It is fifty-fifty in terms of employees. The vision is to get 35 people on each site. Aiguenoire is totally production and when the stages are completed, we will have the distillery, cellars, bottling and shipment. Voiron will keep the commercial activities, the sales rep, the boutique, and visitor centre. We have many projects to develop the site as part of the dismantling of the production. We will upgrade it for hosting seminars, art and gastronomy as we have links with great chefs in France.

Are there any other plans or innovations you can share with us?

The main innovation is to last so we are not an innovative company in the sense. It has been years of innovations of in terms of how we can grab the best of this world without touching our traditions. In terms of product, we have a few new products like Reine des Liqueurs, the name given to the yellow Chartreuse when it was first released in 1838.  It had 43% ABV but in 1972, for tax reasons they decreased it. It is a way to get back to the real yellow Chartreuse which is much better and the balance between sugar, plants and botanicals is spectacular.

Any closing comments?

It’s a good journey. We are very confident today to grow at our pace. We would like to last and not do short term wins. The most important thing about Chartreuse is to let the product shine brighter than the personalities within the teams. We don’t do anything flashy. That’s the bottle and it will last. As I often say, the iPhone will die before Chartreuse.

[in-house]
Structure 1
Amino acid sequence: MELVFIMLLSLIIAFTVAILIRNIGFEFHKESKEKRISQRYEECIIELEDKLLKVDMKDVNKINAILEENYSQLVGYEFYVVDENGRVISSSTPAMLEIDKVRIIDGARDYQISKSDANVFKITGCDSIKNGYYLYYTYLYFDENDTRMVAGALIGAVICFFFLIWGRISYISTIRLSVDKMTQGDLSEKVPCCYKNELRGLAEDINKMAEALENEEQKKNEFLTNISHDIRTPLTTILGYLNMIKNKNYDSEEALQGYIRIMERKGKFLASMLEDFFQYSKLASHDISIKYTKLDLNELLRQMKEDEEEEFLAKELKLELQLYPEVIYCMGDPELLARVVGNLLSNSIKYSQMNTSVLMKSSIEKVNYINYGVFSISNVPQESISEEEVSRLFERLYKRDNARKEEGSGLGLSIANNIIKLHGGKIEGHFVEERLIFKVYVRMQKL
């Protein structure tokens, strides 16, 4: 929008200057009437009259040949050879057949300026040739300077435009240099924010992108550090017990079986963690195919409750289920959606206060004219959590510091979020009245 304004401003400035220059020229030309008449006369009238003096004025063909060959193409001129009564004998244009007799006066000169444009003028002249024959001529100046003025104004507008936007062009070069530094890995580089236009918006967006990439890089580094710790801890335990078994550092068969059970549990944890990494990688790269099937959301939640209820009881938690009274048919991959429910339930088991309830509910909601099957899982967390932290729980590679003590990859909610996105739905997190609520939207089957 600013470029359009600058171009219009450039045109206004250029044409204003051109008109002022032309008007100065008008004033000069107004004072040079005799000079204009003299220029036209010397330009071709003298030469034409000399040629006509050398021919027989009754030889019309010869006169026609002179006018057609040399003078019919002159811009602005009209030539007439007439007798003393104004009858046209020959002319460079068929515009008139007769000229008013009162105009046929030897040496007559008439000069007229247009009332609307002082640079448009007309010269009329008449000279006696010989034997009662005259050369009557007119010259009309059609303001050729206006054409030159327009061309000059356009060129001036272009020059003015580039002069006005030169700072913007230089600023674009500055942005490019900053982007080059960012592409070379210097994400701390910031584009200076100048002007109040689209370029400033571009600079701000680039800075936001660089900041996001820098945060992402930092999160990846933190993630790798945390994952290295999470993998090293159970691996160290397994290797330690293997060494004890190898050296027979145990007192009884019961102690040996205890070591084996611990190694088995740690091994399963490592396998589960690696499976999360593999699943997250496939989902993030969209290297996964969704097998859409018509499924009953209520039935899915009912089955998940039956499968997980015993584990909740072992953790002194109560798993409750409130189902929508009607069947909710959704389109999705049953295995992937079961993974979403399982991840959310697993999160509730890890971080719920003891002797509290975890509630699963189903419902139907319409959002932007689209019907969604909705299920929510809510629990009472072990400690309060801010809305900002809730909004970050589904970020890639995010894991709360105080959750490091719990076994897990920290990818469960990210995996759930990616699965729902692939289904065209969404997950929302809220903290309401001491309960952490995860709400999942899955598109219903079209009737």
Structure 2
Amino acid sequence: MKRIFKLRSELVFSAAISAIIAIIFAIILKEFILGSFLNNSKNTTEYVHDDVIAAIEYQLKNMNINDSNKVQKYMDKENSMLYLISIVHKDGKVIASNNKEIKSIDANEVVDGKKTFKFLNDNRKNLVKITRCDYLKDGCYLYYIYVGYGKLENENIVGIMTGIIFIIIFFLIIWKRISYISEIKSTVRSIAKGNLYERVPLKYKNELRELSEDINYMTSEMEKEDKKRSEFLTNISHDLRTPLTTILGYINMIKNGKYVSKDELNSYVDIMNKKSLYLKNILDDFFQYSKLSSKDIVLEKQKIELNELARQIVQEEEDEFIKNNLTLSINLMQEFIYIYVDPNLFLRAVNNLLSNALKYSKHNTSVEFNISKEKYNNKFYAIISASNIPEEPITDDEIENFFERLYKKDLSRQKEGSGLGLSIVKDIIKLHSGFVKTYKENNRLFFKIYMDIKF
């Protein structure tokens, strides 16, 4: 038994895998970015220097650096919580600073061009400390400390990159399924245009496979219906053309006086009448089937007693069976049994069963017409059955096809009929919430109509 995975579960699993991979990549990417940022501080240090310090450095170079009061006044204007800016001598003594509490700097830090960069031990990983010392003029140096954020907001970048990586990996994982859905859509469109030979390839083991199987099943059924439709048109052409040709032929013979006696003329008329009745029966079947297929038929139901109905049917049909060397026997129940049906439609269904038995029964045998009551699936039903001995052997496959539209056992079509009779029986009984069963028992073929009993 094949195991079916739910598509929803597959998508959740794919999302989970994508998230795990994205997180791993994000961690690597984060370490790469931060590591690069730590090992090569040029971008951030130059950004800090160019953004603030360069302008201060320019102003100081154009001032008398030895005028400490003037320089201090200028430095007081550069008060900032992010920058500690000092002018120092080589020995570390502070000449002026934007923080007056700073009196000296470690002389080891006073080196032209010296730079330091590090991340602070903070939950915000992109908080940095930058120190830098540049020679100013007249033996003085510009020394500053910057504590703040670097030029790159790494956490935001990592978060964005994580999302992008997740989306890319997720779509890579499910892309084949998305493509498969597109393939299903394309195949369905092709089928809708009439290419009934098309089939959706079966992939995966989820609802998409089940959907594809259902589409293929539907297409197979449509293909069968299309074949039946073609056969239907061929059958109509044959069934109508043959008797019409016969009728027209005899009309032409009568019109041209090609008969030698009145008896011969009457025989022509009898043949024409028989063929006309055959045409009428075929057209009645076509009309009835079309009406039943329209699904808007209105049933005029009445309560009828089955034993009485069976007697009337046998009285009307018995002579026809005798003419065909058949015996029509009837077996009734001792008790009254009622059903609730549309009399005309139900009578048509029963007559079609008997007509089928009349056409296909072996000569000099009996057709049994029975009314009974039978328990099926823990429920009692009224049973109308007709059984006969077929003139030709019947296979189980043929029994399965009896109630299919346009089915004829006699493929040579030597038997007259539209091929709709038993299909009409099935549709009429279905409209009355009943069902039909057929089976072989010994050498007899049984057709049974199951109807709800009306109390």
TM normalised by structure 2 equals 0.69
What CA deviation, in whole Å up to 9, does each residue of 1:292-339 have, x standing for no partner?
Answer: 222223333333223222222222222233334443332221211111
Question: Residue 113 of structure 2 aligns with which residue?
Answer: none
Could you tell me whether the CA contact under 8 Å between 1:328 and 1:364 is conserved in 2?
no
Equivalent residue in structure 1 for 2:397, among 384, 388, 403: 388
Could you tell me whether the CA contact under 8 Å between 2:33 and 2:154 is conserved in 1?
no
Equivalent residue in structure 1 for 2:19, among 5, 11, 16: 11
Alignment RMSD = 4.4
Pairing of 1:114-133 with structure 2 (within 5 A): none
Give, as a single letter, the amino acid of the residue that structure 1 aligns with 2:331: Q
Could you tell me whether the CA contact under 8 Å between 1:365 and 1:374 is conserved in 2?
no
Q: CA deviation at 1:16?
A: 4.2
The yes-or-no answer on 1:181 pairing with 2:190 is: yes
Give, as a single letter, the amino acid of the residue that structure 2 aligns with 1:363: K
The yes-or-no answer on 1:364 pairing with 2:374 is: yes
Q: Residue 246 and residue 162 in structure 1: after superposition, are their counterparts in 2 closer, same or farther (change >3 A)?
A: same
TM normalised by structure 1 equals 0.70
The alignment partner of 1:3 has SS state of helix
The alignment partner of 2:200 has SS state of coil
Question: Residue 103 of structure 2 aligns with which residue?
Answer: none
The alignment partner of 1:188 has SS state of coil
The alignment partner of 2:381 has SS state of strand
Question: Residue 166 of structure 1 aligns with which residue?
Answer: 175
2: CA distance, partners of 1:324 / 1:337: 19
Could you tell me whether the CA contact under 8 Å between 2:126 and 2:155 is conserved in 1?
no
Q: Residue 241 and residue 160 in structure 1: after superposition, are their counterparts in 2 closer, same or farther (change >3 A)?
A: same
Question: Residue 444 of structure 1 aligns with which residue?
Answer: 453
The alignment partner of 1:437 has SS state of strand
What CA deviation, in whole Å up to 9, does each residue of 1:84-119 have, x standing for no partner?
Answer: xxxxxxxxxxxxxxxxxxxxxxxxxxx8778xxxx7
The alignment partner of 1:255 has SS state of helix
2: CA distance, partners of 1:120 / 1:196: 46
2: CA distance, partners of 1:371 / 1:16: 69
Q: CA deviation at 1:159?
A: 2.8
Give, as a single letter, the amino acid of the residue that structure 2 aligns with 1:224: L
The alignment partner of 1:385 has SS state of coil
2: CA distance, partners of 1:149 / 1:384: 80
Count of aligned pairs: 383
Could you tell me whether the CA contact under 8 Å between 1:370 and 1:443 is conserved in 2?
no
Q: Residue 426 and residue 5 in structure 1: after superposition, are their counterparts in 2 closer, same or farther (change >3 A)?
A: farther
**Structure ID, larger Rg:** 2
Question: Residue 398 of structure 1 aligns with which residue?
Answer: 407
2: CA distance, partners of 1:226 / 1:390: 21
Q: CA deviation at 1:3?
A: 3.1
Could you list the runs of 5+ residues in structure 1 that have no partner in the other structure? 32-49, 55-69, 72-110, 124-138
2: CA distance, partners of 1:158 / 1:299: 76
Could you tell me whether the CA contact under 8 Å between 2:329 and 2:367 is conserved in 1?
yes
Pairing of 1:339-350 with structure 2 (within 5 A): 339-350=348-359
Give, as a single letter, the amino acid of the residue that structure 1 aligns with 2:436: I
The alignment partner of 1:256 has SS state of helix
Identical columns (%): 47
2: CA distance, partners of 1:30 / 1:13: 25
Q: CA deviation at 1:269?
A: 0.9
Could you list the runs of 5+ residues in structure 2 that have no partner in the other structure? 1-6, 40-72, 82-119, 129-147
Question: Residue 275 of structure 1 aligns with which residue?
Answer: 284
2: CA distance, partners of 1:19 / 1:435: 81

You may also like: Everything You Need to Know about Chartreuse

In partnership with Spirits Platform, distributors of Chartreuse in Australia.

Photo Credit: Supplied

Meet the People: Emmanuel Delafon, President Directeur Général Chartreuse was last modified: May 16th, 2017 by Corinne Mossati
Corinne Mossati

Corinne Mossati is the Founder/Editor of Cocktails & Bars and popular online magazine Gourmantic. She is named in the Australian Bartender Magazine Top 100 Most Influential List since 2013, is a member of The World’s 50 Best Bars Academy who judges the World’s 50 Best Bars. She has also judged the Australasian Whisky Awards and various national cocktail competitions. Read the full bio here.